Want some more culture shock? On the day I was to catch my flight back, I went to buy some stuff (including a tiffin) and was in shop looking for a t-shirt for my son. All of a sudden an older guy came in and started having a heated exchange with some younger people in the shop. It was actually "shouting" conversation in the small confines of the shop. I debated whether to walk out or just play cool. By that time, I was already getting a little comfortable with this intense relationships. It seems the older guy was the boss screwing up his young staff (or sons?) - right in front of a potential customer. And the youngsters didn't meekly put their heads down - they shouted back. Well, I stayed and bought a t-shirt. Before that, we had witnessed a neighbourhood conflict on the streets in the old city - and our local guide refreshingly said that conflict is essential. I was also stared at when I took photos of a women construction worker all dressed up in sari. And when Utpal took me and some students to Nal Saravor (Lake Nal) to see the birds, some scruffy looking locals welcomed us with - what else, long deep intense stares. As it turned out, they were the owners who operate boats to ferry eco-tourists to see the birds.

But India is really a fun place. So rich in history, culture, sights, smells, sounds, traditions and ... very friendly people! I am not kidding.

On the first morning, after a hearty breakfast at the hotel, I decided to follow the instructions and walked to CEPT University where our meeting (and APSA 2009) would be held. Unlike Hanoi where you get a continuous annoying stream of trishaw riders bugging and following you, the rickshaw (motorised) drivers here are not so persistent or annoying. I asked how much for the ride and was told 20 rupees for 8 kilometres (or something). So damn cheap. But for only one or two rupees (yes, 1 or 2 rupees), locals will cramp into and share a rickshaw. I have seen a ricksaw with 5 adults and 4 children in it. One of my worries was that the rickshaw driver won't have change for my 500 rupee notes. Anyway, I walked, and walked and walked. I visited the CEPT campus (more of this later) and then started walking back, heading for the old historic part of the city. One thing about Ahmedabad - the tourist info sucks. So I had a very basic map trying to figure out which road to take. Road signs are almost non-existent except at major roads and intersections and mostly not in English.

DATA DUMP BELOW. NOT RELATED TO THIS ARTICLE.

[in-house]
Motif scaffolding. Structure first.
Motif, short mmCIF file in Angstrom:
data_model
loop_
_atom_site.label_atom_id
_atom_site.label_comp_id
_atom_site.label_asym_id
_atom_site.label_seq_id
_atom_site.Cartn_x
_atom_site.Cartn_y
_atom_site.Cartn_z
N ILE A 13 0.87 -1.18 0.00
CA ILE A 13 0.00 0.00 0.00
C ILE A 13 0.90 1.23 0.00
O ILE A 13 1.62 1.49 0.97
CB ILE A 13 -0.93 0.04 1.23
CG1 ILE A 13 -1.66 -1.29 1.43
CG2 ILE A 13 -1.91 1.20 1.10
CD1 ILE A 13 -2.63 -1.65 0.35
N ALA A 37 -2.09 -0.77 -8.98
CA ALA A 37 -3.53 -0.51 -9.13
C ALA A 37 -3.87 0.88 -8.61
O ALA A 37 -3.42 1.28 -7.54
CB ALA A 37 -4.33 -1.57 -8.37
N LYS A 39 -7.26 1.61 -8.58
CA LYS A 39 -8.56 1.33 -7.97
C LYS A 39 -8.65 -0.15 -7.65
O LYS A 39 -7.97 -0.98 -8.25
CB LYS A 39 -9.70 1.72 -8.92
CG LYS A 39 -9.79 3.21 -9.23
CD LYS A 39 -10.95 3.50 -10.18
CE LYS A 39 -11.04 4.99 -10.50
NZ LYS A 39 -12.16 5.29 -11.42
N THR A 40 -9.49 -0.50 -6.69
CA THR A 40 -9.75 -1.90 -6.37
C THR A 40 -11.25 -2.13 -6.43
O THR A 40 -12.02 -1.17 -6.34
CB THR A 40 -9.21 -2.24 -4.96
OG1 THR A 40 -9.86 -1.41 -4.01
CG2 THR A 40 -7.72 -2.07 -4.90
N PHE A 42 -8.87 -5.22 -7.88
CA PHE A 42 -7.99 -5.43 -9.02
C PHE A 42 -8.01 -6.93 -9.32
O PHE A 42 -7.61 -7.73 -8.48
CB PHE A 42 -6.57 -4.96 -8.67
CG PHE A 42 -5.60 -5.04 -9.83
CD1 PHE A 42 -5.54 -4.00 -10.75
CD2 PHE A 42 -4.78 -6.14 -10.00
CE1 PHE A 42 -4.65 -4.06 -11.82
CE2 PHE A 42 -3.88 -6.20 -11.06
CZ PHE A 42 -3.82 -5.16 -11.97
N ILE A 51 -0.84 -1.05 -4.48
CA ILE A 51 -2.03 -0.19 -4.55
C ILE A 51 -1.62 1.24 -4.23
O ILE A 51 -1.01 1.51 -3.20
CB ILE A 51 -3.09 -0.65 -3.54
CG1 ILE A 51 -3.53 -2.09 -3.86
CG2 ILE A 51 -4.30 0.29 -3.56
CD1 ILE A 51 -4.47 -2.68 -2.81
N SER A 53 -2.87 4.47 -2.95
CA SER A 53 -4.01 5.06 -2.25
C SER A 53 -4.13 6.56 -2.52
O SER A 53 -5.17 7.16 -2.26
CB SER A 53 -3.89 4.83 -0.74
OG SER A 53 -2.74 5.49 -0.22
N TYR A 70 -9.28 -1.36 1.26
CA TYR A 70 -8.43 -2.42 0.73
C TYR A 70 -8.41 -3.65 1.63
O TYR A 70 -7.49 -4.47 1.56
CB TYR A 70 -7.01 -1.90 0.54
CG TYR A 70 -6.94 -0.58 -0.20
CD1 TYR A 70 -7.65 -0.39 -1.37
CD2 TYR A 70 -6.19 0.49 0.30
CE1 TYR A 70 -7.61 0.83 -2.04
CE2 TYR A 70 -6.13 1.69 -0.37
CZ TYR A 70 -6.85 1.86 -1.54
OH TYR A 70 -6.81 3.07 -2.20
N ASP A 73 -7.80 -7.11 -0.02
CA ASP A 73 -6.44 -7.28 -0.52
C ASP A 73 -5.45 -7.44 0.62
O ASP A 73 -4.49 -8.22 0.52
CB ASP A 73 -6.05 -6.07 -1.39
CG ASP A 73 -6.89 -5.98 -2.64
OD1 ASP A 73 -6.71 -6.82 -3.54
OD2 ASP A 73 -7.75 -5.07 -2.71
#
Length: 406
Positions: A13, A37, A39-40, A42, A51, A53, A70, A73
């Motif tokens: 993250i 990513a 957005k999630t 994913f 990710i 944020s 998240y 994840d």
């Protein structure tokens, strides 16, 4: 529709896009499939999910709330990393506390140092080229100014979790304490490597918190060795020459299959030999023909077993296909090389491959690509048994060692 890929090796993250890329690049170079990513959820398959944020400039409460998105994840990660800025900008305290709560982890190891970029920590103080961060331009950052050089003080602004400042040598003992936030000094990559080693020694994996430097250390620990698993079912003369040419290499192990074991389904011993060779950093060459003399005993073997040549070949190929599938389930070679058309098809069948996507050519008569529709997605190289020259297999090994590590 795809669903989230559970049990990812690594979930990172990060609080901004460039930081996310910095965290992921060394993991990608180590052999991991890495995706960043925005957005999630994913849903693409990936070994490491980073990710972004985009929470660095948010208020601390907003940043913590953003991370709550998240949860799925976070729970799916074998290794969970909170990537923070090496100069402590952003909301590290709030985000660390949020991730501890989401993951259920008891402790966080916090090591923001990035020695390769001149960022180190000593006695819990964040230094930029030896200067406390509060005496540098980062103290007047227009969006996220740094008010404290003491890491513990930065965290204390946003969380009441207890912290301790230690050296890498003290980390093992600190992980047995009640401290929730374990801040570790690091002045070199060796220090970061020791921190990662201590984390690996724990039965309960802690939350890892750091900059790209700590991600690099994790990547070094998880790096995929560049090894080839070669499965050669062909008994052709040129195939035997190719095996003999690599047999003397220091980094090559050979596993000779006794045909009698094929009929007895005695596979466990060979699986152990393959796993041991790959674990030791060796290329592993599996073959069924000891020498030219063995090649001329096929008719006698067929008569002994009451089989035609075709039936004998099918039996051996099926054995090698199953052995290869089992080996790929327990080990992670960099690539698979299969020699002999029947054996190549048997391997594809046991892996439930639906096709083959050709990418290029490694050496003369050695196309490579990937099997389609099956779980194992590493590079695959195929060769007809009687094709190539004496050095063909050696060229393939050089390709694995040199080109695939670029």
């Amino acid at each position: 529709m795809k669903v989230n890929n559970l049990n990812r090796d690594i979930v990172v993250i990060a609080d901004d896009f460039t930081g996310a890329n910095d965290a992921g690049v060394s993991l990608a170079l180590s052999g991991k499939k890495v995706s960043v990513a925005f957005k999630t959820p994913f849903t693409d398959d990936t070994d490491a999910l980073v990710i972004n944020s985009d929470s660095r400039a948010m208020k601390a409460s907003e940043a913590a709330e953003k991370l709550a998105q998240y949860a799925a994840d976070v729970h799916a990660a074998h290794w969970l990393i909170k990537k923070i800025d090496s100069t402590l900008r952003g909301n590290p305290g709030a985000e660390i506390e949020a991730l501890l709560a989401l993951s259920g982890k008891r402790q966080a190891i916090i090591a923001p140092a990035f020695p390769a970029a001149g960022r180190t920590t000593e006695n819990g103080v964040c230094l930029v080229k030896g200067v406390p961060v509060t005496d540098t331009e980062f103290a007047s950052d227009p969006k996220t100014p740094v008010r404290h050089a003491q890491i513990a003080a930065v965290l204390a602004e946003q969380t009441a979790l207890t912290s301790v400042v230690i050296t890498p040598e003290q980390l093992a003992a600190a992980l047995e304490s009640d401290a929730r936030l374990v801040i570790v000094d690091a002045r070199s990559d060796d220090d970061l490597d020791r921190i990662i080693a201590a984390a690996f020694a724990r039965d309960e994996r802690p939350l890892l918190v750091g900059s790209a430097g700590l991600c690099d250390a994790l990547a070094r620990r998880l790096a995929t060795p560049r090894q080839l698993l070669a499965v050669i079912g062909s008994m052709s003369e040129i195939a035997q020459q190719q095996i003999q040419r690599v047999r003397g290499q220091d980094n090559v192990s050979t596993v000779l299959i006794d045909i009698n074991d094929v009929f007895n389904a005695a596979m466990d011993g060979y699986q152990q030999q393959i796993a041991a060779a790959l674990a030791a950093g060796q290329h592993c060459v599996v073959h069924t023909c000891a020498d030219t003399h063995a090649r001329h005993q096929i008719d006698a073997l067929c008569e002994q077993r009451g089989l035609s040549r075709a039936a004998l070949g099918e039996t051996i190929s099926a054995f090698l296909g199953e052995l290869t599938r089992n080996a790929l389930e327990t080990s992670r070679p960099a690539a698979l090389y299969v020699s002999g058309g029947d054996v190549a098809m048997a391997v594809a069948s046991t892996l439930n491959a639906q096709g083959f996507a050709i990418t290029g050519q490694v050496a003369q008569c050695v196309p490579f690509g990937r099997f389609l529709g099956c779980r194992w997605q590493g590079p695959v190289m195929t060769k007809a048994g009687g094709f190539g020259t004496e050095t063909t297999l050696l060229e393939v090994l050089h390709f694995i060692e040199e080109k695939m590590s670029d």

So, I was at an intersection trying to figure out which way to go and then a car stopped, reversed and the driver asked where I was going, sensing I was "lost". I said the old city - for some history, culture and shopping. Guess what? He asked me to get in the car. Now, he speaks really good English. He's wearing khurta pyjamas (all cotton, white). Medium-sized car. Hhmm, should I? My instincts, from years of travelling, said "OK". So, I got in the car. I can't even remember his name (he didn't have a card with him). He said he had just gone for a haircut and that's why he was in his pyjamas (they call it pyjamas but you can wear it outside the house, very cooling). He suggested dropping me off at a place where I could do a self-walking tour of the old city. That would be great! And then at one roundabout, he pointed to a huge billboard and said "I put that up!". "Oh, you are in advertising", I ventured. "No, that's my social message to the people". So, sitting next to me was the owner of an ice-cream company (Havmor) and he changes the billboard frequently with such messages. When we got to the heritage hotel (The House of MG), he gave instructions to the hotel staff to get me on the self-guide tour. You pay a 100 rupee for the MP3 player and a small map and you take your time enjoying the sights. The major problem is that on the streets, the ambient noise is very loud so it is hard to listen to the narrative, which was actually very good. I never found out, but am not sure if non-hotel guests are allowed to use this service. According to Debashish, a local heritage advocate, when the owner of MG started out on his project to restore the building into a heritage hotel, he faced opposition from his family and people thought he was crazy. Now there's a long queue to eat at his rooftop restaurant serving traditional vegetarian food. Incidentally, the heritage tour ends at another heritage building - by the same owner of course (smart marketing) - called the Mangaldas ni Haveli. This latter is an old family house in the old walled city now converted into a shop (rather pricey clothes) and a rooftop restaurant which is also very popular at night. I had my lunch there on the first day - vegetarian of course. Ah, now you get it. Yes, Gujarat is vegetarian country, but you can still get meat here. There are no bars or pubs, alcohol is banned in public places and you even need a permit to have liquor or beer in your own house.